To paraphrase the iconic 19th century American author Mark Twain, reports of Brazil’s demise appear to have been greatly exaggerated. Better than expected results now being reported for the fourth quarter of 2013 paint a somewhat more encouraging picture than the dour landscape many skeptics had expected.
Fourth Quarter growth for 2013 actually turned out to be more than double (0.7%) the expected rate, while a 6.3% jump in investment was also a surprise to the upside, providing further encouragement that confidence in Brazil is returning.
It still seems odd however to speak of a Brazilian “bounce back”. For the first decade of the 21st Century, Brazil was a “star performer” of the emerging market set, the “B” in the all-consuming BRICS appellation, and a darling for investors around the region and the world.
The country’s steep decade-long ascent pulled an estimated 40 million Brazilian out of poverty, while the country averaged growth rates in the four-to-five percent range, peaking at over seven percent in 2010. At the same time, unemployment levels were low, and wages were rising, helping to stoke consumer confidence, and allowing domestic consumption to become a major driver of the economy.
The wheels finally began to wobble in 2011 though, as inflation helped to cool the Brazilian zeal to consume and sapped the competitiveness of the manufacturing sector. Limited gains in productivity during the high growth years also served to undermine competitiveness, as did the cumulative effect of years of over consumption and under investment.
Strains in Brazil’s creaky and inadequate infrastructure became even more pronounced and increasing levels of consumer debt put a further damper on the domestic consumption binge. Apprehensions were further fueled by clumsy and heavy-handed government interventions into the economy, which took a toll on business confidence, and made many companies investment-shy.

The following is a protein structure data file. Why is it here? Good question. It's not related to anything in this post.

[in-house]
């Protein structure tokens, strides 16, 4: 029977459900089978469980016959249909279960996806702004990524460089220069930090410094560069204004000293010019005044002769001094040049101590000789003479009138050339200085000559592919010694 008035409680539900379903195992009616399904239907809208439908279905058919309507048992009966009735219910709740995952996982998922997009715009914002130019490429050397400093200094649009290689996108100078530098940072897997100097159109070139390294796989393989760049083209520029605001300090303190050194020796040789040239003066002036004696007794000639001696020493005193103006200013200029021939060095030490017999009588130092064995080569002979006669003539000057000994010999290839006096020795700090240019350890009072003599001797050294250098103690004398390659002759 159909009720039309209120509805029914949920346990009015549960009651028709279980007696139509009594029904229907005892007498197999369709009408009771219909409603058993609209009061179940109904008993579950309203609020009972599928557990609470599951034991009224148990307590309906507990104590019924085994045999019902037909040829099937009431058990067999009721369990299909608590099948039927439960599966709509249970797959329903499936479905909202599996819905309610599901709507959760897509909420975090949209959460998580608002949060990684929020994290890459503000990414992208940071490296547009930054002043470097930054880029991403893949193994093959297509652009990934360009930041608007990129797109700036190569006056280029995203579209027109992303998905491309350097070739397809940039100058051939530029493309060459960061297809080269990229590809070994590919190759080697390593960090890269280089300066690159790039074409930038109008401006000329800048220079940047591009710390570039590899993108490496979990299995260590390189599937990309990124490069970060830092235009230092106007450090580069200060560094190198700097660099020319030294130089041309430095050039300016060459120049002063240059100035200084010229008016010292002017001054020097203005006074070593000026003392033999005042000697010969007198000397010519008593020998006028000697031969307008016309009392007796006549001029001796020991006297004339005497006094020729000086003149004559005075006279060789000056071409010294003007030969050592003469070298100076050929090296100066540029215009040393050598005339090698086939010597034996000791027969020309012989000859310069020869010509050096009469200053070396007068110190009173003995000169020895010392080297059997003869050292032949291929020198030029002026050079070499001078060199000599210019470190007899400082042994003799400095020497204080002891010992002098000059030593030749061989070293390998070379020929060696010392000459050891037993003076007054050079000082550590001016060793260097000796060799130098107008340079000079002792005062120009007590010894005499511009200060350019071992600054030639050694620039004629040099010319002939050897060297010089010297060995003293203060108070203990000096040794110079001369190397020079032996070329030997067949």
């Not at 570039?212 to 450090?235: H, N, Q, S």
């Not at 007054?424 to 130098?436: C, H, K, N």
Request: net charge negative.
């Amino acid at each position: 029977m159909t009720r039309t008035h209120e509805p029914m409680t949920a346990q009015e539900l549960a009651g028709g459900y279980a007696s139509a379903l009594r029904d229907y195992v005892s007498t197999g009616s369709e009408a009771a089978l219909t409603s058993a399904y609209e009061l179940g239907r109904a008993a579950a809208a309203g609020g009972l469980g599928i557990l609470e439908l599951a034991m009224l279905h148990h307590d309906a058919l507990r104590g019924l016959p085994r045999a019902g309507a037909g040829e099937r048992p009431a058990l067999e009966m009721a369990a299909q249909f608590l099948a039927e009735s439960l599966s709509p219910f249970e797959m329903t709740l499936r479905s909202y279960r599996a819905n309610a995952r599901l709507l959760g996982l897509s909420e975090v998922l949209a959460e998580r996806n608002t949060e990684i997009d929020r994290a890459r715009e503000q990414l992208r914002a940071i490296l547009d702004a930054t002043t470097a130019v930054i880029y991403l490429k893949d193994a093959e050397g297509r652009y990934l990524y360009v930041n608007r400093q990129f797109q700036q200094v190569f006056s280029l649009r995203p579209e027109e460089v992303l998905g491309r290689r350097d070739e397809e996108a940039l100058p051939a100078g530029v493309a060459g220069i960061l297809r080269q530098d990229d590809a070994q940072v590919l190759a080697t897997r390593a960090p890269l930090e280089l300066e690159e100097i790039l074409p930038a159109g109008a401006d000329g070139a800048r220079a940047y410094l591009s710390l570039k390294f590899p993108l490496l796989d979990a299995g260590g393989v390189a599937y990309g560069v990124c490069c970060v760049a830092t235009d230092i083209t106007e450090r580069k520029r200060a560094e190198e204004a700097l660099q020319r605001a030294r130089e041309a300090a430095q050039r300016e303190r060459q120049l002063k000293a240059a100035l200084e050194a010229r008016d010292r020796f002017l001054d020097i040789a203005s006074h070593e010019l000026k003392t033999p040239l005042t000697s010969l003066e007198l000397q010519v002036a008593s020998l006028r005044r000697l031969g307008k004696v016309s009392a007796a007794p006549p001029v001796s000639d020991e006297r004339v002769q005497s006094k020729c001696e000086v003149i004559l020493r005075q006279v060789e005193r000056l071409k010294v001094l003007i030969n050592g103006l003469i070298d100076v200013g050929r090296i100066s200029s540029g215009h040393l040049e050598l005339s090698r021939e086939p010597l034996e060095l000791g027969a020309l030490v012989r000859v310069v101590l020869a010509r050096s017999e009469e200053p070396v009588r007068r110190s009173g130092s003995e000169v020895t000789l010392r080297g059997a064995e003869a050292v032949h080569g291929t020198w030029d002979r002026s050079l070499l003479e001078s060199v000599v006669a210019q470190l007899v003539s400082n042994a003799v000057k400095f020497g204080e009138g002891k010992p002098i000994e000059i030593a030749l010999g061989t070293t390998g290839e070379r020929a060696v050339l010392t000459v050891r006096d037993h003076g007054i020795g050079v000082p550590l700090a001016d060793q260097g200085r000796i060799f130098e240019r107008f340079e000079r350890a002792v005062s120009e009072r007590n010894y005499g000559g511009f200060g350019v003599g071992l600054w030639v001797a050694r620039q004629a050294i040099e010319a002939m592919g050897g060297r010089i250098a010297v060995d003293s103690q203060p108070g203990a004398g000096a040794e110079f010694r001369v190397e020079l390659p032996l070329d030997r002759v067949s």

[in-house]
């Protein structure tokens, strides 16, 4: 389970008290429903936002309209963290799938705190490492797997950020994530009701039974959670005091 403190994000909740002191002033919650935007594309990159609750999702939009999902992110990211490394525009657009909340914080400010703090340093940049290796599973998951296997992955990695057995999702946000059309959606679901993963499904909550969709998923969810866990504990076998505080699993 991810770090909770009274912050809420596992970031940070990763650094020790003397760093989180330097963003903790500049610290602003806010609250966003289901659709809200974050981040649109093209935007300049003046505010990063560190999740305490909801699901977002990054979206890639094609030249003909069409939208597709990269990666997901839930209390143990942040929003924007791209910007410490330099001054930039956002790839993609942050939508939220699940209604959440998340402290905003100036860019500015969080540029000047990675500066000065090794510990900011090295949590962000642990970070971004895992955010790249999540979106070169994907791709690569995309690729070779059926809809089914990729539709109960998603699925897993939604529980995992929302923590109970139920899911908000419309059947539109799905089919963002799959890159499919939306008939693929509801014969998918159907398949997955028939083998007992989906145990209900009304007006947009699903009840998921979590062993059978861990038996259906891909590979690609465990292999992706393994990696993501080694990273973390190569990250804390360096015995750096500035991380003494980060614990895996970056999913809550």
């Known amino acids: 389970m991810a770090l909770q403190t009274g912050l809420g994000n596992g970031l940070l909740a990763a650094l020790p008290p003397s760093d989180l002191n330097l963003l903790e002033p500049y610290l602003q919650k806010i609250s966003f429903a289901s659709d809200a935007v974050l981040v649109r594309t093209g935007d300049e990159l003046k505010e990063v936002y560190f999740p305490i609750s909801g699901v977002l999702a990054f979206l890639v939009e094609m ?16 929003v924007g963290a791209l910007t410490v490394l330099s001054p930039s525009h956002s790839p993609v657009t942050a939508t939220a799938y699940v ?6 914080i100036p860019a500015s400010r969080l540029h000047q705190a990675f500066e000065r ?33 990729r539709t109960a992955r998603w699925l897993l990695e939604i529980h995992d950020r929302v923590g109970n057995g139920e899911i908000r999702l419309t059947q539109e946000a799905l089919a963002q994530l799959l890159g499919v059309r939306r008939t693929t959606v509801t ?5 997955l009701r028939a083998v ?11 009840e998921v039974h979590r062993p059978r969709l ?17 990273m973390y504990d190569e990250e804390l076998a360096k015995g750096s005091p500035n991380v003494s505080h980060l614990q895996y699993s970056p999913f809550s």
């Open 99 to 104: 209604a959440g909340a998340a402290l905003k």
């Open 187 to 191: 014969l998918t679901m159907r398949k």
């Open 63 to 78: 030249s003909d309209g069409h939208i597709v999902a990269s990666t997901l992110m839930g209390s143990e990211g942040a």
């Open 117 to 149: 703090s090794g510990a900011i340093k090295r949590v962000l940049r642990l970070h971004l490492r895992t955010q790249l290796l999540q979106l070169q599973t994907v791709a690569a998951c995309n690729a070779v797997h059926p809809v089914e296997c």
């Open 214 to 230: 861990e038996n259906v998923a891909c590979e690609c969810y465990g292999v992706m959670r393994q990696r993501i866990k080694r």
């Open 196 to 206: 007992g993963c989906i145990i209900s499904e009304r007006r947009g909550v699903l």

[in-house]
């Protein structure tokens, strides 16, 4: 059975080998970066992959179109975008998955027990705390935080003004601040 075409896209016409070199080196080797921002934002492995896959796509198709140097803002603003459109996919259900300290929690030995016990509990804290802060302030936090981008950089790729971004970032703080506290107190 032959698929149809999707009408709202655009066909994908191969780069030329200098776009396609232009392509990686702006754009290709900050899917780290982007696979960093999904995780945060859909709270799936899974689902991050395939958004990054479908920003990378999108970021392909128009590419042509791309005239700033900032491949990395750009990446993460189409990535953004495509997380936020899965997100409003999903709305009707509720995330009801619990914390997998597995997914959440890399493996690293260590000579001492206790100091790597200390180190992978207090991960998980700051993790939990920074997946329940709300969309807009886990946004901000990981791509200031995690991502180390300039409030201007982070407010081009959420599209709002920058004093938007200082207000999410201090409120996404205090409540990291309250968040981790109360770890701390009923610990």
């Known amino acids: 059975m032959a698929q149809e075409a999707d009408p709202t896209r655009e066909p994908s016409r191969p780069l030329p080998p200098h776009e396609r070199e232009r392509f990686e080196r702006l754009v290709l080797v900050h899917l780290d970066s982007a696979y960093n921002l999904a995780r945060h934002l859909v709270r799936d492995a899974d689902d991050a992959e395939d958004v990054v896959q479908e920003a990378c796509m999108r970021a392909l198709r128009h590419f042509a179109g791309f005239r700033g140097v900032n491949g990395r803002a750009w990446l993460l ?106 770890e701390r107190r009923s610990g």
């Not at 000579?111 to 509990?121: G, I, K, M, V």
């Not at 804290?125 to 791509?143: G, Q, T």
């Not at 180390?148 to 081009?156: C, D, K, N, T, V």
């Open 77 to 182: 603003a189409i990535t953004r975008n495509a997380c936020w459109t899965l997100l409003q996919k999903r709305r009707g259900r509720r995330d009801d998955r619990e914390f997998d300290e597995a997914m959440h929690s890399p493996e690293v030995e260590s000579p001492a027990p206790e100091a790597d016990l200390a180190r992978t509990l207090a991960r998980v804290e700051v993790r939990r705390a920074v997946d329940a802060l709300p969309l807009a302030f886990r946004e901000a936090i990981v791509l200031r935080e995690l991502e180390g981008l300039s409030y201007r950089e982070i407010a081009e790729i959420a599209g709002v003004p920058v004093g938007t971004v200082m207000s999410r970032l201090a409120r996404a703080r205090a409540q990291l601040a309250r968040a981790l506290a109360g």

As economic conditions worsened, Brazilian citizens increasingly began to question the wisdom of their government spending billions of dollars on the upcoming World Cup. In popular perception, it appeared that the government was squandering billions of dollars to throw a party largely for the benefit and enjoyment of wealthy foreign visitors, while average Brazilians were forced to cope with dwindling economic prospects and fare increases on heavily utilized public transportation systems. Frustration reached the boiling point in June, as large scale and sometimes violent street protests expressed the public’s discontent in no uncertain terms. The civil unrest, unfortunately, did nothing to restore consumer or investor confidence.
External factors had also begun to conspire against Brazil. One of the primary drivers of growth had been the world-wide boom in commodity prices, stoked by China’s seemingly insatiable demand for raw materials. With China now entering a new and more moderate-growth chapter in its economic evolution, double digit GDP increases are a thing of the past, and the global commodity super-cycle spawned largely by China’s high-octane growth is drawing to a close.
Cooling Chinese demand and lower prices for Brazilian commodity exports, especially of soy and iron ore, have hit local producers and exporters hard. With such a crucial external engine of growth starting to slow, and domestic consumers and business seeing less reason to spend or invest, a sharp drop in Brazil’s vaunted growth was virtually assured. Many started to wonder if the decade-long party in Brazil was finally over. Some analysts went so far as to predict an extended slump or period of stagnation for the Latin American giant.
While it would be a mistake to make too much out of one quarter of encouraging results, it does seem possible however that the pessimism on Brazil was overdone. Although it is unlikely that Brazil will return anytime soon to the “star performer” status it achieved during the most heady days of the BRICS mania, the country does in fact continue to boast a number of assets its neighbors would envy: A large and growing middle class, low unemployment, and rising wages – to say nothing of the fact that Brazil continues by a fair margin to be the largest economy in Latin America. The faster than expected growth rates at the end of last year suggest that perhaps these assets are once again beginning to reassert themselves.
So, is it party time in Brazil again? That would probably be too optimistic. But one thing is clear: Don’t count Brazil out just yet.